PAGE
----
Ultimately, reading Aokana often feels like eating a variety pack of candy. Sure, there may be some flavors that don’t hit in ways that some do. But the ratio of good outweighs the bad here, and opening the box in the first place is a safe bet for a good read.
Collectively speaking, this game subverts expectations in ways that make it stand out head and shoulders above the rest. For that reason alone, you should feel confident that the money you drop on this game will be money well spent. The PlayStation 4 couldn’t have received a better swan song.
Sludge Life feels like the video game version of being under the influence, and that’s not necessarily a bad thing. While it feels like it might be a little too wrapped up in its own aesthetics at times, it still remembers that it’s a game first and not a video from the weird part of YouTube.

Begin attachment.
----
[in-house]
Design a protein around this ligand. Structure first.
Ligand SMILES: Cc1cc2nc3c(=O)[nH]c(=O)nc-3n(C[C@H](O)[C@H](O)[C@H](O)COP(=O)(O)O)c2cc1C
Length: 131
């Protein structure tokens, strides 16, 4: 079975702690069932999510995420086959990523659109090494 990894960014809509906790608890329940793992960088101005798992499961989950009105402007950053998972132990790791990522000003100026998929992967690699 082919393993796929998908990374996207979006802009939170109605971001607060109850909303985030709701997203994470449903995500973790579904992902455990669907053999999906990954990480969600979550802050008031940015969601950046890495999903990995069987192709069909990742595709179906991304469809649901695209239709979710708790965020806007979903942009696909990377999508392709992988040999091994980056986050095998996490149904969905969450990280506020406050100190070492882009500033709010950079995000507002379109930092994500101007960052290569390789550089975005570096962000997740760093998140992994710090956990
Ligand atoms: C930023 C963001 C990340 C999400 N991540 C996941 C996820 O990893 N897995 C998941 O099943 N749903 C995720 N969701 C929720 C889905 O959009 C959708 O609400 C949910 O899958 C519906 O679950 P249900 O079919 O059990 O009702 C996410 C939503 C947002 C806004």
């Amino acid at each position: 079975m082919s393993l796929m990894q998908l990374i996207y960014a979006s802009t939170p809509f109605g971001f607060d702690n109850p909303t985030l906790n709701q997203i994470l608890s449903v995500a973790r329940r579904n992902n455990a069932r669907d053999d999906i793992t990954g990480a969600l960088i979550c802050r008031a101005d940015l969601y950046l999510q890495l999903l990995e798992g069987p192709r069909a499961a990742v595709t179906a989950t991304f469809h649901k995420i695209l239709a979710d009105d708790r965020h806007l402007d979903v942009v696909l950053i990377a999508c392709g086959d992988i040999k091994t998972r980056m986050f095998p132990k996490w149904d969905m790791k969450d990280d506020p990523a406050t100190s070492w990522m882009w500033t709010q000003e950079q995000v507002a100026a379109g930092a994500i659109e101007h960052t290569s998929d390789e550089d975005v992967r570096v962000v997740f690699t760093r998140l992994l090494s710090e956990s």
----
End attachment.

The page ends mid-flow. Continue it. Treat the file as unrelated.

While Yakuza 4 Remastered doesn’t offer much in the way of quality of life updates or any substantial presentation improvements, the entire package is still solid. It knows what it is and what it wants to do, and is ultimately an improvement over its direct predecessor in a number of ways.
Even with some elements from the original release that could have used a little sanding down, Yakuza 3 Remastered is still an worthwhile entry in the series to for longtime fans to experience again. It may not be my favorite sequel, but it’s still a competent and enjoyable one.